AUBURN UNIVERSITY, Ala. –  It’s the holidays! This season of goodwill and giving thanks is also a festive celebration of food.   With so many delightful foods to choose from, it’s important to keep holiday treats safe from bacteria.

 

The Invisible Enemy

When dealing with food, be aware of the risk of harmful bacteria. Sometimes, you can’t see, taste or smell bacteria, but it can be on food and multiply rapidly in moist, warm conditions. If consumed, harmful bacteria can cause food-borne illness. Those who are preparing food this holiday should frequently wash their hands to reduce the risk of bacteria. Also, remember to clean food, food preparation area and utensils. It is important to remove dirt and other debris from vegetables and fruit by washing them before use. Additionally, be sure to clean utensils with soap and water, especially after they touch raw meat.

Read More 

    What's Happening In Our Area
  Great things are happening in the Poultry Science field here in North Alabama.
 
 Learn all about the Solar Powered Poultry Farm
        Dennis L Brothers
          Poultry Housing Extension Specialist
          National Poultry Technology Center
 
Alabama Extension Hosts
Industrial Hemp Meetings


AUBURN UNIVERSITY, Ala.—The Alabama Cooperative Extension System will host a series of industrial hemp meetings for growers and restricted-use pesticide dealers Nov. 4, 6 and 8. The meetings are open to the public.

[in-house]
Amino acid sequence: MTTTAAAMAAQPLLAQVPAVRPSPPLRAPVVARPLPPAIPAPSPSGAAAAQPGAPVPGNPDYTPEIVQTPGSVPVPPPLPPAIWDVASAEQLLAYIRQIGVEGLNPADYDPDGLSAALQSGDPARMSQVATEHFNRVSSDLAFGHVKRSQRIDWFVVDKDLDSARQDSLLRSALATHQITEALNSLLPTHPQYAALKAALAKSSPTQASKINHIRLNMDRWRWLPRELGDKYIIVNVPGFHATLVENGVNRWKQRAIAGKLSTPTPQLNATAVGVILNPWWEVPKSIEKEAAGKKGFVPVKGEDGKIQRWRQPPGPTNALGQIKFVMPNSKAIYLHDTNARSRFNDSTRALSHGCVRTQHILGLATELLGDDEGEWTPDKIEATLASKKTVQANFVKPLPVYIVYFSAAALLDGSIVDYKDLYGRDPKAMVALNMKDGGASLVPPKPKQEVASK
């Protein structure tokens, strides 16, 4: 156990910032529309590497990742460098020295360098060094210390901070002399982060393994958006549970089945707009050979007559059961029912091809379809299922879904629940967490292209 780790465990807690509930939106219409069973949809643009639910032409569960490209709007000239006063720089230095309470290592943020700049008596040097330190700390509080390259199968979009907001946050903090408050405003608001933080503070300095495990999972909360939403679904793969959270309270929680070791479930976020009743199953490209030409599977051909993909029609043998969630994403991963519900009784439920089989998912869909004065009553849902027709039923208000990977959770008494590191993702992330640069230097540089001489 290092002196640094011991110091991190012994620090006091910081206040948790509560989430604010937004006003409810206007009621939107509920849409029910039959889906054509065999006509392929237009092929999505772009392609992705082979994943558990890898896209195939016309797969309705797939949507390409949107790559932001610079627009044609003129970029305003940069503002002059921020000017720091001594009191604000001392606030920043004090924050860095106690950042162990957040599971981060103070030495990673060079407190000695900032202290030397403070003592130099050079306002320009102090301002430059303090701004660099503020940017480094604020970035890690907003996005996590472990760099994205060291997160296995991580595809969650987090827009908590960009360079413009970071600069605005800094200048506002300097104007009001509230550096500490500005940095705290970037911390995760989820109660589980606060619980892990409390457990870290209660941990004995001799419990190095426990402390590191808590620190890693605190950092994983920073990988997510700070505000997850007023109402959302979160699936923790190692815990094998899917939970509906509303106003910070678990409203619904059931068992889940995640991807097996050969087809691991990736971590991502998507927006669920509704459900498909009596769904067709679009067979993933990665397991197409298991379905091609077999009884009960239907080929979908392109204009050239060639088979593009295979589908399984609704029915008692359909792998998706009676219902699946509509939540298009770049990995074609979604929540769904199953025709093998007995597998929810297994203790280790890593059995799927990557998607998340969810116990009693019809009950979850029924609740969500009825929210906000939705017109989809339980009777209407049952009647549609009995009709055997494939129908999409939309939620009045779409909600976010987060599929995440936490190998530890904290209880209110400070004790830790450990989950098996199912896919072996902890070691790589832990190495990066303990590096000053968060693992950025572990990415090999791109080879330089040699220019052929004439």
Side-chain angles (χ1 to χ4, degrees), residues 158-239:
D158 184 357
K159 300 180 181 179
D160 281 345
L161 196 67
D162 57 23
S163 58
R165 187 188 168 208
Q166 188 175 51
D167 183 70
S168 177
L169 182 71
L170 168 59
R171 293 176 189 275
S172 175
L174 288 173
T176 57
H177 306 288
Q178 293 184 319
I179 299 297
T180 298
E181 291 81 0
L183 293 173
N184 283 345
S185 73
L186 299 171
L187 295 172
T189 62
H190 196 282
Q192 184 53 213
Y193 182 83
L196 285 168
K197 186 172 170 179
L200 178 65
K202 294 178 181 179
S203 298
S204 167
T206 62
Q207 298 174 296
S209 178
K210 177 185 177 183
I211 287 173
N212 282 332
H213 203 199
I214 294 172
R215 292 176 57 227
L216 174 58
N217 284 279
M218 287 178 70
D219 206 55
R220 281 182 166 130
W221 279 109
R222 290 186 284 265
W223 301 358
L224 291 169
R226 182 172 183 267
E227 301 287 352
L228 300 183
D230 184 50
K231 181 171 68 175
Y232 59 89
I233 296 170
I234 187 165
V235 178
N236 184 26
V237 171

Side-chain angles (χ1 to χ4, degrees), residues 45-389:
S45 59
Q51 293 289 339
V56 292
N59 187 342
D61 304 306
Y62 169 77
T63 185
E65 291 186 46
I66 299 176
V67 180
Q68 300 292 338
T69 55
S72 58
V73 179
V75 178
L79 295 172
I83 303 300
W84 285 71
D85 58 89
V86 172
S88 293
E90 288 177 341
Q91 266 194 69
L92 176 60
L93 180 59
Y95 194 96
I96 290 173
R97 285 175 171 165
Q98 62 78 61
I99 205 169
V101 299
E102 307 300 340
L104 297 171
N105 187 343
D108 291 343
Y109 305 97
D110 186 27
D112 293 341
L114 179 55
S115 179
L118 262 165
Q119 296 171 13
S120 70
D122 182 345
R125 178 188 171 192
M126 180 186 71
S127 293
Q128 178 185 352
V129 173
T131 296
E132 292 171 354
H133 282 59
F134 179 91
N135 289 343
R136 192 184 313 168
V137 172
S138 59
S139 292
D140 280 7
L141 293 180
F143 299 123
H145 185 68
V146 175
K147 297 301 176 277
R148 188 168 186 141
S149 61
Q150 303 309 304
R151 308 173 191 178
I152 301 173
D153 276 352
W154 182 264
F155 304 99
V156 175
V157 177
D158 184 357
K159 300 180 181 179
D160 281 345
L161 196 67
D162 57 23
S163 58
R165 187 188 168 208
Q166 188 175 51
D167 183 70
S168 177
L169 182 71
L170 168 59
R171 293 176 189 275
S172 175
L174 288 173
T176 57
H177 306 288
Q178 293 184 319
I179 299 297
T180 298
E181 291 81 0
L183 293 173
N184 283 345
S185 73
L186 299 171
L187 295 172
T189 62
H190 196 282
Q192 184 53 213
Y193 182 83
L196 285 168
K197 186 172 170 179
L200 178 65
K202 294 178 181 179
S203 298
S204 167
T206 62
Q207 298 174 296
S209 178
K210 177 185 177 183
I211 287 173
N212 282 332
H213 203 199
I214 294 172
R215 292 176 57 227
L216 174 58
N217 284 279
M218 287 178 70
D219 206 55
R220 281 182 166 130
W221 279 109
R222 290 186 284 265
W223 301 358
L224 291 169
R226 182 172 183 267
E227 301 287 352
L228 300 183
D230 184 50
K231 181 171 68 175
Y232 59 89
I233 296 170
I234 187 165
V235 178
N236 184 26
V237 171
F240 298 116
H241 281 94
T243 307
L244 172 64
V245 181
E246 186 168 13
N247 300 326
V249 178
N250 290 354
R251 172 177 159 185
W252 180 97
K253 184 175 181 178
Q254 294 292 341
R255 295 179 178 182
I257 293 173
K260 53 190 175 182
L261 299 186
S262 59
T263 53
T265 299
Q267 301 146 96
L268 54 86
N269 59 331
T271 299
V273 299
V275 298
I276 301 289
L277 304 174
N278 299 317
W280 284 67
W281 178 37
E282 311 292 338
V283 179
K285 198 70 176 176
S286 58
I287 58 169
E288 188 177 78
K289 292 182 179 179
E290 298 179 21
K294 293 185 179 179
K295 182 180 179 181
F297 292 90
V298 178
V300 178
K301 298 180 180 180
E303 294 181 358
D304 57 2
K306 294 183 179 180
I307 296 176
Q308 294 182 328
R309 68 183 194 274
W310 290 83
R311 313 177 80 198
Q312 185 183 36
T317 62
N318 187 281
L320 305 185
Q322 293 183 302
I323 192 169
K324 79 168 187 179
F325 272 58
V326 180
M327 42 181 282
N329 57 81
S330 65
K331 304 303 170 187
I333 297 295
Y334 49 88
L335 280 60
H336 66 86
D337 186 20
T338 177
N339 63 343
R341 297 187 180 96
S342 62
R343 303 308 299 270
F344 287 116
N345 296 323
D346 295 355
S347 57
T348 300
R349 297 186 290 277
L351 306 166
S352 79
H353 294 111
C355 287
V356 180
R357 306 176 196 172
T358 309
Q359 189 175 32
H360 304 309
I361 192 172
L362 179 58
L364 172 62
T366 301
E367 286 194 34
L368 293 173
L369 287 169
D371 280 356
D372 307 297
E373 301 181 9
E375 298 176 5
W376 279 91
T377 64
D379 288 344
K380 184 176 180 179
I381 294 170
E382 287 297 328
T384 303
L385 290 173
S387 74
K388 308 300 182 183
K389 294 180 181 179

Nov. 4—Cullman County
Camp Meadowbrook
2344 County Road 747
Cullman, Alabama 35058


The $25 registration fee includes lunch and beverages. Register before Nov. 1 to ensure a spot and lunch. On-site registration is available, but lunch will not be guaranteed. Dealers may attend for free with a permit.
Learn more by visiting the event webpage.
What's Happening on the Plains
Music To Your Ears at 35 MPH!


Some of you may have seen the video #WarEagleRoad  floating around on social media sites, 
but here is the math,  science and engineering behind the story.


The section of South Donahue Drive is dubbed “War Eagle Road,” as it plays part of Auburn’s fight song, “War Eagle.” Drivers, operating a vehicle at 35 mph, experience the first seven musical notes as they head toward campus.

A musical note is simply sound vibrations at a particular frequency. An ‘A’ note, for instance, vibrates at 440 Hz per second. Arnold used the speed limit and the frequency of each note to determine how often a material would appear in the roadway to make the right sound.

“It’s that place where science meets art,” Arnold said of the musical road. “I hope it puts Auburn in that Cult Americana of the other roads.”

Learn more about the "War Eagle Road"

 
  Upcoming Events  
Deer Management Workshop
November 1, 2019
Registration begins at 9:30 am
Program begins 10 am- 2 pm


Pre-Registration is required
Mail Registration To:
Alabama Coop. Extension System
424 Blount Ave. Ste. G21
Guntersville, AL 35976


Contact:  Norm Haley
205-582-2009 or
email: nvh0001@aces.edu


Cost: $25 per person

Location: Marshall Co. Farmers Fed. Bldg
1333 Blount Ave. Guntersville, AL 35128